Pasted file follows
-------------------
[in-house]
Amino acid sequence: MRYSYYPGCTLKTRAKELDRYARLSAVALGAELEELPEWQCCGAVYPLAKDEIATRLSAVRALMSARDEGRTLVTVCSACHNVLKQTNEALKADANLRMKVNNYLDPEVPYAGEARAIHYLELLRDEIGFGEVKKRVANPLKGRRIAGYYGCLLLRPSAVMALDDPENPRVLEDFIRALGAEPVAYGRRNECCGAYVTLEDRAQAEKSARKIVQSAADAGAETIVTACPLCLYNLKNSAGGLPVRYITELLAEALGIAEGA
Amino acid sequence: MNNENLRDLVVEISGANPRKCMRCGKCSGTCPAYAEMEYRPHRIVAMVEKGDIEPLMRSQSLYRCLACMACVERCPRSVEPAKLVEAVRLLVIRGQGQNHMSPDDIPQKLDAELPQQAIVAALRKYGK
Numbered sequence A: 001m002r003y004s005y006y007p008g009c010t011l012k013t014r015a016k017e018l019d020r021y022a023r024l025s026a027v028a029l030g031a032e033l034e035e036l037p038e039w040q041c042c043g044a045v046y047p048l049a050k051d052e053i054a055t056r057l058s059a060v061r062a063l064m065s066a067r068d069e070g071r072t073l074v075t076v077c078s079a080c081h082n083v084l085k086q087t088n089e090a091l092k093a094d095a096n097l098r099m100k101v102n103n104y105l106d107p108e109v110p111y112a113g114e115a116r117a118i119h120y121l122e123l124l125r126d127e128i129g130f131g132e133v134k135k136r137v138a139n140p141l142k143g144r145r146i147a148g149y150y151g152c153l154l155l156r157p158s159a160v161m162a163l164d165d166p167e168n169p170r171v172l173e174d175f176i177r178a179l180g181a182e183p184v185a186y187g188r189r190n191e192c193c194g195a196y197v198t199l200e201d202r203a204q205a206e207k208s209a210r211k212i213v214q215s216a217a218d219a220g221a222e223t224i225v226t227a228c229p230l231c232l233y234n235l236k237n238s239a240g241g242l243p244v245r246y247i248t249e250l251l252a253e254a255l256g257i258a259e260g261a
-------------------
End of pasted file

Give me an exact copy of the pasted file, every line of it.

[in-house]
Amino acid sequence: MRYSYYPGCTLKTRAKELDRYARLSAVALGAELEELPEWQCCGAVYPLAKDEIATRLSAVRALMSARDEGRTLVTVCSACHNVLKQTNEALKADANLRMKVNNYLDPEVPYAGEARAIHYLELLRDEIGFGEVKKRVANPLKGRRIAGYYGCLLLRPSAVMALDDPENPRVLEDFIRALGAEPVAYGRRNECCGAYVTLEDRAQAEKSARKIVQSAADAGAETIVTACPLCLYNLKNSAGGLPVRYITELLAEALGIAEGA
Amino acid sequence: MNNENLRDLVVEISGANPRKCMRCGKCSGTCPAYAEMEYRPHRIVAMVEKGDIEPLMRSQSLYRCLACMACVERCPRSVEPAKLVEAVRLLVIRGQGQNHMSPDDIPQKLDAELPQQAIVAALRKYGK
Numbered sequence A: 001m002r003y004s005y006y007p008g009c010t011l012k013t014r015a016k017e018l019d020r021y022a023r024l025s026a027v028a029l030g031a032e033l034e035e036l037p038e039w040q041c042c043g044a045v046y047p048l049a050k051d052e053i054a055t056r057l058s059a060v061r062a063l064m065s066a067r068d069e070g071r072t073l074v075t076v077c078s079a080c081h082n083v084l085k086q087t088n089e090a091l092k093a094d095a096n097l098r099m100k101v102n103n104y105l106d107p108e109v110p111y112a113g114e115a116r117a118i119h120y121l122e123l124l125r126d127e128i129g130f131g132e133v134k135k136r137v138a139n140p141l142k143g144r145r146i147a148g149y150y151g152c153l154l155l156r157p158s159a160v161m162a163l164d165d166p167e168n169p170r171v172l173e174d175f176i177r178a179l180g181a182e183p184v185a186y187g188r189r190n191e192c193c194g195a196y197v198t199l200e201d202r203a204q205a206e207k208s209a210r211k212i213v214q215s216a217a218d219a220g221a222e223t224i225v226t227a228c229p230l231c232l233y234n235l236k237n238s239a240g241g242l243p244v245r246y247i248t249e250l251l252a253e254a255l256g257i258a259e260g261a